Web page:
You can hear it on “Corpse Pose”, presented here in two forms, and as close to a signature Unwound song as you’re going to get. A walking bassline is almost immediately cut through with stabs of guitar that sound like what would happen if grunge quit aiming for cheesy guitar solos and played around with post-punk’s empty space. On its own, “Corpse Pose” makes a case for Repetition as the definitive Unwound album, but that doesn’t mean it eclipses the other gems to be found on the second half of this set: “Lowest Common Denominator” lurches and sways, with Trosper singing in a deadpan that leans toward simmering rage, and “For Your Entertainment” is basically a preview of the Unwound that would come later: Trosper’s voice oscillates between a blocky scream and an elliptical monotone.
The Unwound we hear on No Energy is a prime version of the band. They’re still straddling their punk roots and their experimental side with ease: dipping into dub on the soft, completely bizarre-in-this-context “Sensible”, playing with time signatures on the hectic “Murder Movies”. The songs here careen. This is the sound of a band that has no interest in saving any of their ideas for later, or calming down to think about what they’re doing. Amidst all the sonic density, there’s an audible joy of creation, even in retrospect, knowing that they would soon fall apart. Lund backs this up in the liner notes, writing that as the band’s “personal bonds dissipated, the music only got stronger.” She also mentions that communication was never their strong suit, which is key to understanding how this band worked so well, and also how it eventually stopped working.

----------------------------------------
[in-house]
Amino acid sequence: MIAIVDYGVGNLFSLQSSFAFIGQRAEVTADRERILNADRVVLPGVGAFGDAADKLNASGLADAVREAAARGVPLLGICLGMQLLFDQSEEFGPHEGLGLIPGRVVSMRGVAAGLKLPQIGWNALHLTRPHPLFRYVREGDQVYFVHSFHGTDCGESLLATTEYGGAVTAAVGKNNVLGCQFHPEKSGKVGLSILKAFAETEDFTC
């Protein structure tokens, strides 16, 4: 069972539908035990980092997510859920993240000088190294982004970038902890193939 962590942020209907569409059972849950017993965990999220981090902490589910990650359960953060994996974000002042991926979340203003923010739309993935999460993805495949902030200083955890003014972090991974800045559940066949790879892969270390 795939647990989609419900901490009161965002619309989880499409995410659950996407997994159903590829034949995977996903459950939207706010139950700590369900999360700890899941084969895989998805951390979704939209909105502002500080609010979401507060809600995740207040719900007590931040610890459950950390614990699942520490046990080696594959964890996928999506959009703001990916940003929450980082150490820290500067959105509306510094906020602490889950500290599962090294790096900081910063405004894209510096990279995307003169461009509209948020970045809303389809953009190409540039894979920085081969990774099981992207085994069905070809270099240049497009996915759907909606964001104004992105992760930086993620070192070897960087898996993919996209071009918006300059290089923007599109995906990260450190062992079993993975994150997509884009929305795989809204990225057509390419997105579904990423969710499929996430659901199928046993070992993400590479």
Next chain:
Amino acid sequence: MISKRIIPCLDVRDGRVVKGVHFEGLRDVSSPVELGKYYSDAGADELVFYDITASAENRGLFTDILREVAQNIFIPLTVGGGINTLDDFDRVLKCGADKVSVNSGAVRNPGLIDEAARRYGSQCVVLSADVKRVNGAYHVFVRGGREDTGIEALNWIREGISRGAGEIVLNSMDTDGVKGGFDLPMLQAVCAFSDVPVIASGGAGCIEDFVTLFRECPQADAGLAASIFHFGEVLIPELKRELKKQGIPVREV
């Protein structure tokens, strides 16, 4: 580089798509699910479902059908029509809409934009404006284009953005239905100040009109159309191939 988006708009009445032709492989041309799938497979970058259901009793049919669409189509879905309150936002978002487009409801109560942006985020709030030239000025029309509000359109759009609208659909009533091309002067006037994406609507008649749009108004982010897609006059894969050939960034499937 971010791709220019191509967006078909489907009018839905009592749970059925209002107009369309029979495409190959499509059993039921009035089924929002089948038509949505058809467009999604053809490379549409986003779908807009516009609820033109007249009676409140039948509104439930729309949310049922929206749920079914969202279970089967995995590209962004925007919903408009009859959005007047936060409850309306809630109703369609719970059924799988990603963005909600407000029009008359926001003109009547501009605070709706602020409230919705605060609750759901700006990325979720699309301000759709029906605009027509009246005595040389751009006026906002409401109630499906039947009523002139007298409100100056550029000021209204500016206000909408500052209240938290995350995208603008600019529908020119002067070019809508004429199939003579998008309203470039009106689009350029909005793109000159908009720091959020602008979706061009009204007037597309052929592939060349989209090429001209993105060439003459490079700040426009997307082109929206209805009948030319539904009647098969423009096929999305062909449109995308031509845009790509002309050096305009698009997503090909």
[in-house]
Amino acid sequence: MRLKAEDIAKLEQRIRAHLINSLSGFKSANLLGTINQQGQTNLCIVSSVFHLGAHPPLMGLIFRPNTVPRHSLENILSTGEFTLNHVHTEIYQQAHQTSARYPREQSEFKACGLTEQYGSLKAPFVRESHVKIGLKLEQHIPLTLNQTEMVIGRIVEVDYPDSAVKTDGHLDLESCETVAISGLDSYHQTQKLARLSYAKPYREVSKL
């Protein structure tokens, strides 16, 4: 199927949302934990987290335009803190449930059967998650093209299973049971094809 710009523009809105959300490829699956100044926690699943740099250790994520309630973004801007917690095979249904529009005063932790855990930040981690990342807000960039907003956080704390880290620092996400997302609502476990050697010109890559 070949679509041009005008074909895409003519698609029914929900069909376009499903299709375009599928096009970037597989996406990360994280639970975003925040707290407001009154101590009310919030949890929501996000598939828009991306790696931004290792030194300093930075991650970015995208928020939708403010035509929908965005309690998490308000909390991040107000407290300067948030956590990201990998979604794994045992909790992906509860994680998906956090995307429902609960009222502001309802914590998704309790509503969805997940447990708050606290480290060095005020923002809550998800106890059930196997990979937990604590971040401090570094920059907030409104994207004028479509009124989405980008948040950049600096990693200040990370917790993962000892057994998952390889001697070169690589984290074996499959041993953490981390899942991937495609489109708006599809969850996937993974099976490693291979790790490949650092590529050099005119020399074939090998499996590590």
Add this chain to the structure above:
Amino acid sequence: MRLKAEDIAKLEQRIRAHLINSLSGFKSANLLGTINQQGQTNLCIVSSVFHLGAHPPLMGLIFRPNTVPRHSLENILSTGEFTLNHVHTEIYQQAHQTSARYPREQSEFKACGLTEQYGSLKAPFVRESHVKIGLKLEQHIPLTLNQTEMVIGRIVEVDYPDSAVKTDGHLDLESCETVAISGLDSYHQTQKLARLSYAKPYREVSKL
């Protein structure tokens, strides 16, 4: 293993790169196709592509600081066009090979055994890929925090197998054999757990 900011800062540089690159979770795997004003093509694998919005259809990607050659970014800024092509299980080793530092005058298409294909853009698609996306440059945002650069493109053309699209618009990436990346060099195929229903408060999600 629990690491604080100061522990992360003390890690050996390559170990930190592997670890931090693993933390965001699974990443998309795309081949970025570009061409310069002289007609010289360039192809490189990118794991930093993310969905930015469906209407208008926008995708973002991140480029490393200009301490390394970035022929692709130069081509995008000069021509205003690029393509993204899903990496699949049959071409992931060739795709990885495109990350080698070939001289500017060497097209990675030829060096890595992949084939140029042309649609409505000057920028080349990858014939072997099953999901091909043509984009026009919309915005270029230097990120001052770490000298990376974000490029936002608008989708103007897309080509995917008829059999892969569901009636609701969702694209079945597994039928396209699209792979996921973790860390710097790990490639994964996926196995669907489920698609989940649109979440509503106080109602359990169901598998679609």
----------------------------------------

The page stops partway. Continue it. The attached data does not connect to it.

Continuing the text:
The one constant through every Unwound album is that the trio, and assorted contributors, worked with a set of unspoken, nearly primal rules: feedback dissolves into nothing and riffs repeat hypnotically to the point that they sound like they’re about to crust over and splinter. Trosper, Lund, and Rumsey made music almost telepathically—they wrote on impulse and without pretension. They’re unique because they did this with so much control. Every note here sounds carefully considered, and just as carefully, every idea is left hanging before it can fully be seen through. There is no payoff except the lack of payoff. Once you accept that, their music becomes meditative.
Unwound are complicated enough to stay a cult favorite forever, but Numero’s reissue campaign goes a long way to placing them in the context they deserve. Listening now, they are still the kind of band that you can cherish deeply. They were so good at expressing alienation and discontent, that loving them said something about the way your brain worked and where you were willing to let your thoughts go. Nothing’s changed.
from Album Reviews – Pitchfork http://ift.tt/1u39wOP